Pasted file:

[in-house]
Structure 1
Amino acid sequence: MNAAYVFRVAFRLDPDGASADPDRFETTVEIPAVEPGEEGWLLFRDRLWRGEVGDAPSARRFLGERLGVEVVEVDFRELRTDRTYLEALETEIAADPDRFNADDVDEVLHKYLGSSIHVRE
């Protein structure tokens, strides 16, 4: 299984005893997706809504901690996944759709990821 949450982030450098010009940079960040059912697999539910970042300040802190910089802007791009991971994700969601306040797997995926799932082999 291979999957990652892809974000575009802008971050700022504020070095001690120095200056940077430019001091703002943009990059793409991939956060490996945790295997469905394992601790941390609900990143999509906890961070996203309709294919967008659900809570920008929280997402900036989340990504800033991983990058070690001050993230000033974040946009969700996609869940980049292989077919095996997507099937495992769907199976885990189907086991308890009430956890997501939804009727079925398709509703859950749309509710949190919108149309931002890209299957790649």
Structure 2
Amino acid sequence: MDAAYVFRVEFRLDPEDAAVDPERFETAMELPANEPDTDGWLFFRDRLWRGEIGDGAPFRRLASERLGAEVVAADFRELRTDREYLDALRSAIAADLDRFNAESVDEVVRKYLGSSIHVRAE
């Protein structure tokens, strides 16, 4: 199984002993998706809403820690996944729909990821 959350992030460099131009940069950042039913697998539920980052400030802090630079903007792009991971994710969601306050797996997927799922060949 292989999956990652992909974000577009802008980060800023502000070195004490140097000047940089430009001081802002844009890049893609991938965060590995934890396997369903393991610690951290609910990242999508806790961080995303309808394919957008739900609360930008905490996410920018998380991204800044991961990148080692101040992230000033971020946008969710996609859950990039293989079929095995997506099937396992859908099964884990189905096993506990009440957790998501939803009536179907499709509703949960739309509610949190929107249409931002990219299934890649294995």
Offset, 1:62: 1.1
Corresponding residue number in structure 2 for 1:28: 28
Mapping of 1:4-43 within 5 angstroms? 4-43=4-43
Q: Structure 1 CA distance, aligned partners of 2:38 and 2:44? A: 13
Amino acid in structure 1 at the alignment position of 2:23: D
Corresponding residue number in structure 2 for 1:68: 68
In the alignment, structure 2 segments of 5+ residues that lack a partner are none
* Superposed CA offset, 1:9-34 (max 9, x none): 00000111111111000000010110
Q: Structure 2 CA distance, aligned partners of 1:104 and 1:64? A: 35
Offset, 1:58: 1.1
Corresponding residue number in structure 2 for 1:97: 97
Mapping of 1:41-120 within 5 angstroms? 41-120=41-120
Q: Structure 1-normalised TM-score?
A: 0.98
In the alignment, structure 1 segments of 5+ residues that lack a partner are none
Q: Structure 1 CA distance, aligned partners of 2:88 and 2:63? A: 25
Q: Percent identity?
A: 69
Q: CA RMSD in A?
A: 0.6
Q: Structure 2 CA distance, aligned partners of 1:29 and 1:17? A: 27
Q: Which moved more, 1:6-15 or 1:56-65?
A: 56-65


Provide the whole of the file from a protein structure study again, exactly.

[in-house]
Structure 1
Amino acid sequence: MNAAYVFRVAFRLDPDGASADPDRFETTVEIPAVEPGEEGWLLFRDRLWRGEVGDAPSARRFLGERLGVEVVEVDFRELRTDRTYLEALETEIAADPDRFNADDVDEVLHKYLGSSIHVRE
């Protein structure tokens, strides 16, 4: 299984005893997706809504901690996944759709990821 949450982030450098010009940079960040059912697999539910970042300040802190910089802007791009991971994700969601306040797997995926799932082999 291979999957990652892809974000575009802008971050700022504020070095001690120095200056940077430019001091703002943009990059793409991939956060490996945790295997469905394992601790941390609900990143999509906890961070996203309709294919967008659900809570920008929280997402900036989340990504800033991983990058070690001050993230000033974040946009969700996609869940980049292989077919095996997507099937495992769907199976885990189907086991308890009430956890997501939804009727079925398709509703859950749309509710949190919108149309931002890209299957790649």
Structure 2
Amino acid sequence: MDAAYVFRVEFRLDPEDAAVDPERFETAMELPANEPDTDGWLFFRDRLWRGEIGDGAPFRRLASERLGAEVVAADFRELRTDREYLDALRSAIAADLDRFNAESVDEVVRKYLGSSIHVRAE
């Protein structure tokens, strides 16, 4: 199984002993998706809403820690996944729909990821 959350992030460099131009940069950042039913697998539920980052400030802090630079903007792009991971994710969601306050797996997927799922060949 292989999956990652992909974000577009802008980060800023502000070195004490140097000047940089430009001081802002844009890049893609991938965060590995934890396997369903393991610690951290609910990242999508806790961080995303309808394919957008739900609360930008905490996410920018998380991204800044991961990148080692101040992230000033971020946008969710996609859950990039293989079929095995997506099937396992859908099964884990189905096993506990009440957790998501939803009536179907499709509703949960739309509610949190929107249409931002990219299934890649294995």
Offset, 1:62: 1.1
Corresponding residue number in structure 2 for 1:28: 28
Mapping of 1:4-43 within 5 angstroms? 4-43=4-43
Q: Structure 1 CA distance, aligned partners of 2:38 and 2:44? A: 13
Amino acid in structure 1 at the alignment position of 2:23: D
Corresponding residue number in structure 2 for 1:68: 68
In the alignment, structure 2 segments of 5+ residues that lack a partner are none
* Superposed CA offset, 1:9-34 (max 9, x none): 00000111111111000000010110
Q: Structure 2 CA distance, aligned partners of 1:104 and 1:64? A: 35
Offset, 1:58: 1.1
Corresponding residue number in structure 2 for 1:97: 97
Mapping of 1:41-120 within 5 angstroms? 41-120=41-120
Q: Structure 1-normalised TM-score?
A: 0.98
In the alignment, structure 1 segments of 5+ residues that lack a partner are none
Q: Structure 1 CA distance, aligned partners of 2:88 and 2:63? A: 25
Q: Percent identity?
A: 69
Q: CA RMSD in A?
A: 0.6
Q: Structure 2 CA distance, aligned partners of 1:29 and 1:17? A: 27
Q: Which moved more, 1:6-15 or 1:56-65?
A: 56-65